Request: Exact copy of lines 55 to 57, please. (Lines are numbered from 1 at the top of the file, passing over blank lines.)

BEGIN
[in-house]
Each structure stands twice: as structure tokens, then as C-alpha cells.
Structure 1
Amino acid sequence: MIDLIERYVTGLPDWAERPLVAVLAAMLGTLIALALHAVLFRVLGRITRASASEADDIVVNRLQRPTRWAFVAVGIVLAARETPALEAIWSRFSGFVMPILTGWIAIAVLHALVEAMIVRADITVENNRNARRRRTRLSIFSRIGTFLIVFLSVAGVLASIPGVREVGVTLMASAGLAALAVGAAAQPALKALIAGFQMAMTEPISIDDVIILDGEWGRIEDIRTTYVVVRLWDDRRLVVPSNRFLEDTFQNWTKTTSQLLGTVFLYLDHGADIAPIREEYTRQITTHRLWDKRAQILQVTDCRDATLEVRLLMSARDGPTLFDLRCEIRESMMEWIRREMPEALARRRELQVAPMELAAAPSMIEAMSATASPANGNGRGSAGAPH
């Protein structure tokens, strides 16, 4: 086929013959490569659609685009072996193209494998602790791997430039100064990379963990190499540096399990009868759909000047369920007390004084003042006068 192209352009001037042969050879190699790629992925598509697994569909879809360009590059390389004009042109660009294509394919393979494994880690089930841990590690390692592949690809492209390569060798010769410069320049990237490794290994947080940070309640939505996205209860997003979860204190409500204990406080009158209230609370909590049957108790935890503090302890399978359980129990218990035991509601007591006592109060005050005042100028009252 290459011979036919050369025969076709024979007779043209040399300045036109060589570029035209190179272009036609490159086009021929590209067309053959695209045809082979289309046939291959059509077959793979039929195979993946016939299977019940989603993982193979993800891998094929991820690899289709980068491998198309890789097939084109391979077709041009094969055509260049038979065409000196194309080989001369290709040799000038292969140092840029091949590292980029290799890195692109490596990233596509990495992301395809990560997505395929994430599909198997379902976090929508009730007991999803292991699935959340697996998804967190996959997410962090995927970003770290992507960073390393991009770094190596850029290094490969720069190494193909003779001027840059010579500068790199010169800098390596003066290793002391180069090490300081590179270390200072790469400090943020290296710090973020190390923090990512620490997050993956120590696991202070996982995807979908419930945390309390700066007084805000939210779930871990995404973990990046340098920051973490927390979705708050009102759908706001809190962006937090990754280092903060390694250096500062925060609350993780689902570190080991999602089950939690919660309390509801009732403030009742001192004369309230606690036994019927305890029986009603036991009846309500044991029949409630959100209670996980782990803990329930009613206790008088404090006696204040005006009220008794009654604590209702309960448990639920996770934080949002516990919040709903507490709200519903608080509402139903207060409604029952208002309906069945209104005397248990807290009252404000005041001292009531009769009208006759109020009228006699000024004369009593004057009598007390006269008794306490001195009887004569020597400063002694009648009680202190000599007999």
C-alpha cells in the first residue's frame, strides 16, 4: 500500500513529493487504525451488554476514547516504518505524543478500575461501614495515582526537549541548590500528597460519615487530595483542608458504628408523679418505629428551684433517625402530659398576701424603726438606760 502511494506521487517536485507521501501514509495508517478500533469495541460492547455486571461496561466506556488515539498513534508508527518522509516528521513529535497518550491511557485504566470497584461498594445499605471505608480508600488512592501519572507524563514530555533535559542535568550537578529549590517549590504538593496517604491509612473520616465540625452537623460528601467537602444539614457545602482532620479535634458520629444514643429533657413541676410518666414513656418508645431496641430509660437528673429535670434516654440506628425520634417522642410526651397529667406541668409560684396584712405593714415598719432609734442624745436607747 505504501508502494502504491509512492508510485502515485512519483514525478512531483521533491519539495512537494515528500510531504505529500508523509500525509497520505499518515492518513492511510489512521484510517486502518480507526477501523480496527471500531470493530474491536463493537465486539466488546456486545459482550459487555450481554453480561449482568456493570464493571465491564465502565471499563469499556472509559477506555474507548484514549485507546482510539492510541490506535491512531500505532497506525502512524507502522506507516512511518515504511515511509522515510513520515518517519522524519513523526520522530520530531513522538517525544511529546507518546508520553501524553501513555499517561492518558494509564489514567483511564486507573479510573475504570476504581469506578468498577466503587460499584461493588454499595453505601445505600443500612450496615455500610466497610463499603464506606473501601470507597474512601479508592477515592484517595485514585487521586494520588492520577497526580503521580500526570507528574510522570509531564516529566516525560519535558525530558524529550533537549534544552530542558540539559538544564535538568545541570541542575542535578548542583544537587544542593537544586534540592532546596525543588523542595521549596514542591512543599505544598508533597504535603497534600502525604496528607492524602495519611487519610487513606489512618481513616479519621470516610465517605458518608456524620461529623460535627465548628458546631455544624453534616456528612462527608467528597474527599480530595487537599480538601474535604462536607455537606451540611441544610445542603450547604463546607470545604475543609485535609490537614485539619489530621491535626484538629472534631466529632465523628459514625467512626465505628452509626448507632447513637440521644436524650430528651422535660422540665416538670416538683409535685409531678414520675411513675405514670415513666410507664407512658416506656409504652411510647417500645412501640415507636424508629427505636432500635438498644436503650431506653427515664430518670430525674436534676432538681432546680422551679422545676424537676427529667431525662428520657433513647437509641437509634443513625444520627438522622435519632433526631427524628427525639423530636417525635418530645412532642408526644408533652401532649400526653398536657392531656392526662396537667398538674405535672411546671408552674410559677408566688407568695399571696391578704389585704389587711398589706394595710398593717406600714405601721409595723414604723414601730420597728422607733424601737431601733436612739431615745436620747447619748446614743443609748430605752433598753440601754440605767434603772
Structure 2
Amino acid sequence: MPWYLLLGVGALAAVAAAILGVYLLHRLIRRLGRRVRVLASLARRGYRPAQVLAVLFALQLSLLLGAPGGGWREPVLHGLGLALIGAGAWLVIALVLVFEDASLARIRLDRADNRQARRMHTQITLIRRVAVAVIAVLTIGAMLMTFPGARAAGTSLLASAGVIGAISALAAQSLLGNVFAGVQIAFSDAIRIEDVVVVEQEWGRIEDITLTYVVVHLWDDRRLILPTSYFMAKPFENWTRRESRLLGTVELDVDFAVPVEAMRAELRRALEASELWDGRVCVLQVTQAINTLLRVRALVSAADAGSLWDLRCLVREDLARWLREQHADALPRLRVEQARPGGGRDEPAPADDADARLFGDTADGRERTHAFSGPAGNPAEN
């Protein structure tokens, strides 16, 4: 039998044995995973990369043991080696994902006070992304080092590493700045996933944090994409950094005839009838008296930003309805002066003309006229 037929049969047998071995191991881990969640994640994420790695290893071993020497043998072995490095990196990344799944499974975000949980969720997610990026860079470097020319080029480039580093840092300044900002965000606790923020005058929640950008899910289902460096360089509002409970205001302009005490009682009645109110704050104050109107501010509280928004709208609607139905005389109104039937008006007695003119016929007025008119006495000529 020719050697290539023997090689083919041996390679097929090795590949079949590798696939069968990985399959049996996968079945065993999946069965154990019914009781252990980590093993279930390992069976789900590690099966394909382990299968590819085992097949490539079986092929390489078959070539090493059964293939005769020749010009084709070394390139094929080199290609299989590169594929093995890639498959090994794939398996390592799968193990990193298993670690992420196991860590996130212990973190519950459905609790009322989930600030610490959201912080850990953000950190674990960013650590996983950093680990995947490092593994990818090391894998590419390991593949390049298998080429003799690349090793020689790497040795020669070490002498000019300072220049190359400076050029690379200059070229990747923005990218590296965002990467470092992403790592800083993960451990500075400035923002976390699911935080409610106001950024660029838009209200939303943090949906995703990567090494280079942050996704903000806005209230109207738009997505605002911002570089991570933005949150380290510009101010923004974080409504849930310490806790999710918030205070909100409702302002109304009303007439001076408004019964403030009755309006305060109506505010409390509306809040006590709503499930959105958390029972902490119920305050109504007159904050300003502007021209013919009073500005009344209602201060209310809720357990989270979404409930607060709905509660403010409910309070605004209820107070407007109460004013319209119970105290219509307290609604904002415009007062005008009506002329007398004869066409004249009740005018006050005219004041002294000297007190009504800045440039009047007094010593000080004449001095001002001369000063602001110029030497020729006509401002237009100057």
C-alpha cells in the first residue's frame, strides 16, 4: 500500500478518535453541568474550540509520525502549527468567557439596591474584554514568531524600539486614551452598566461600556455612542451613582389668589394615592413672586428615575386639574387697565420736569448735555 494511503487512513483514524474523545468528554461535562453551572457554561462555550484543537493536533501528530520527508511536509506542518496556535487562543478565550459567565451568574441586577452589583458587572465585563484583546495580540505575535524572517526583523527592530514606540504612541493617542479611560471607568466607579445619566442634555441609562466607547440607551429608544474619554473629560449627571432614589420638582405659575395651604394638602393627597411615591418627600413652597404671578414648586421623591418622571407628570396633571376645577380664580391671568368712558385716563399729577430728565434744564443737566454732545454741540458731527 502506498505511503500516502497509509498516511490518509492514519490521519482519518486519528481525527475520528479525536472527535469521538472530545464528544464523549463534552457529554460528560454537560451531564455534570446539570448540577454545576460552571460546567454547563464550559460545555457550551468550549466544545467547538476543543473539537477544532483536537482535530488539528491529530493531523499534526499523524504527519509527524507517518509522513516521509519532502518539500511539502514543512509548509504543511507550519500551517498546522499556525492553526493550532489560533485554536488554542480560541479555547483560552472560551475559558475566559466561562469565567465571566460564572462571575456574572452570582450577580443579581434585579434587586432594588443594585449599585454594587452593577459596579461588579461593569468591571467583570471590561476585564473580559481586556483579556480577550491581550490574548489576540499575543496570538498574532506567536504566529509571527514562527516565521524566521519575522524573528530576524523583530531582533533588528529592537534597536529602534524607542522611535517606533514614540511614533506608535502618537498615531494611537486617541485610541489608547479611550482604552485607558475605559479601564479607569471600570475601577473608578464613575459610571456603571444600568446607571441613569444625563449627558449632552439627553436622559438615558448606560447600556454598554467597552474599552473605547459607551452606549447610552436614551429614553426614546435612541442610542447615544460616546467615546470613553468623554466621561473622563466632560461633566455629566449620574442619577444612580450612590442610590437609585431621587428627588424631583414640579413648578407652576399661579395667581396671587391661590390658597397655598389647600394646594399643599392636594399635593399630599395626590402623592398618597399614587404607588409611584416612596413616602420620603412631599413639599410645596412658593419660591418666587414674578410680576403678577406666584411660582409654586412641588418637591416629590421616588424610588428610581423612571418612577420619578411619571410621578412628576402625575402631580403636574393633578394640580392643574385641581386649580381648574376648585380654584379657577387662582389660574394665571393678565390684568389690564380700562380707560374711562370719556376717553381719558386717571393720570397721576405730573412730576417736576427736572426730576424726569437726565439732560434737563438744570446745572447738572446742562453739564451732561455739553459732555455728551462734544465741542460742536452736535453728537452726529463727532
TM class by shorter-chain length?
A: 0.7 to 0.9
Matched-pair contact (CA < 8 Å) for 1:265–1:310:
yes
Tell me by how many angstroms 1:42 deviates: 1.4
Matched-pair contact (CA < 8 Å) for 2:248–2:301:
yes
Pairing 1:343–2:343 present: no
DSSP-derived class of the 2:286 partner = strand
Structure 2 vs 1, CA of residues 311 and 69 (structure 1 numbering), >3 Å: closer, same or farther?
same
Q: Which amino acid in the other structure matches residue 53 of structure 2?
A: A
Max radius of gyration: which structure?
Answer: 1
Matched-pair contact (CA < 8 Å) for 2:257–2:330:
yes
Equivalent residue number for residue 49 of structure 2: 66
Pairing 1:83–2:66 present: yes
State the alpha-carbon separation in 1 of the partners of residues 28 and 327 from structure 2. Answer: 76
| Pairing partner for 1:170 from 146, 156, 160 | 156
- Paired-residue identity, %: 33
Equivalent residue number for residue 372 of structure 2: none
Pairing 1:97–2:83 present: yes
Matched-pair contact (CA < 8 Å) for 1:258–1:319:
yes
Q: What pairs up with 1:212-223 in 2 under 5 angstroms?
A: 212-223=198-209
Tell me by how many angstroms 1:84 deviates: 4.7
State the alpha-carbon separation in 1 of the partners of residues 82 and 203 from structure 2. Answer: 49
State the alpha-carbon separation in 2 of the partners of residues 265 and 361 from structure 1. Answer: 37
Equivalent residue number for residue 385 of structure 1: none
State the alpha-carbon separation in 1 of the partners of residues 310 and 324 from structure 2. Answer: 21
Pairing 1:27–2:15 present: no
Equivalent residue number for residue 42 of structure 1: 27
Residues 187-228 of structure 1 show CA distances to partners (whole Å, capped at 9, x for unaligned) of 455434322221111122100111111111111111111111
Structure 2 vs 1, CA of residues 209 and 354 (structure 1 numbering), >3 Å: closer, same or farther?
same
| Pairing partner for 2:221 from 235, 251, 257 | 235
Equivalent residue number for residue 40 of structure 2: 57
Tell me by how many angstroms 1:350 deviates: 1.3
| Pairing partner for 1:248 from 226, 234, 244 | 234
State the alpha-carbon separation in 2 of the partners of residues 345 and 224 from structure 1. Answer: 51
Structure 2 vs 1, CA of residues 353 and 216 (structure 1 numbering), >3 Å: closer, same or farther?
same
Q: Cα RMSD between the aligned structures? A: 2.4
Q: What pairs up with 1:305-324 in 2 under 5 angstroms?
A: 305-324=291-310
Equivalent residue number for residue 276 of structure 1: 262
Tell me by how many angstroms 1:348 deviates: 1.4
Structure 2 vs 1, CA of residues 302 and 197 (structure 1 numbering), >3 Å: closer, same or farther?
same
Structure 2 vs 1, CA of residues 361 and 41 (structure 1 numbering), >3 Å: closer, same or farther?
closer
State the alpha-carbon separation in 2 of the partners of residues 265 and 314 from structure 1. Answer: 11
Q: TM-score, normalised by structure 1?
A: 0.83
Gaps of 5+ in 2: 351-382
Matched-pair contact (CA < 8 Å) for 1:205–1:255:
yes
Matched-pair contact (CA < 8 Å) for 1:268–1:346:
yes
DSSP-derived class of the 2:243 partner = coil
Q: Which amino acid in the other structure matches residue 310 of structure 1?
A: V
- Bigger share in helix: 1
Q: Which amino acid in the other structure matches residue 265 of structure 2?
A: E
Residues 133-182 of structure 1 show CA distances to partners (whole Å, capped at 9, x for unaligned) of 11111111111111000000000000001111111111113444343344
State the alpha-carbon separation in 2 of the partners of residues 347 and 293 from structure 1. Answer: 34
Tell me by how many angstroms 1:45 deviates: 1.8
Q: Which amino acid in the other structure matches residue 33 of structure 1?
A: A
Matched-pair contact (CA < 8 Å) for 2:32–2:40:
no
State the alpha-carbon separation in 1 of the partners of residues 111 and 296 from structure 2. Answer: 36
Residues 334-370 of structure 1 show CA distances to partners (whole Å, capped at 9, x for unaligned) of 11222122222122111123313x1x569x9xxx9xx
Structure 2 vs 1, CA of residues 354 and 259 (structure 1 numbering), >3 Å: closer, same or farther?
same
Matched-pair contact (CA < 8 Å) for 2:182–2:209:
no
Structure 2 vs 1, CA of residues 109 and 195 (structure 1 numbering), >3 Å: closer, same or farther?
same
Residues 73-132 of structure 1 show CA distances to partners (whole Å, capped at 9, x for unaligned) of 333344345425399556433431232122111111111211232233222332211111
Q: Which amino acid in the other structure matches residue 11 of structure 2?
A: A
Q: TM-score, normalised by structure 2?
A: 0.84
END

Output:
same
Q: Cα RMSD between the aligned structures? A: 2.4
Q: What pairs up with 1:305-324 in 2 under 5 angstroms?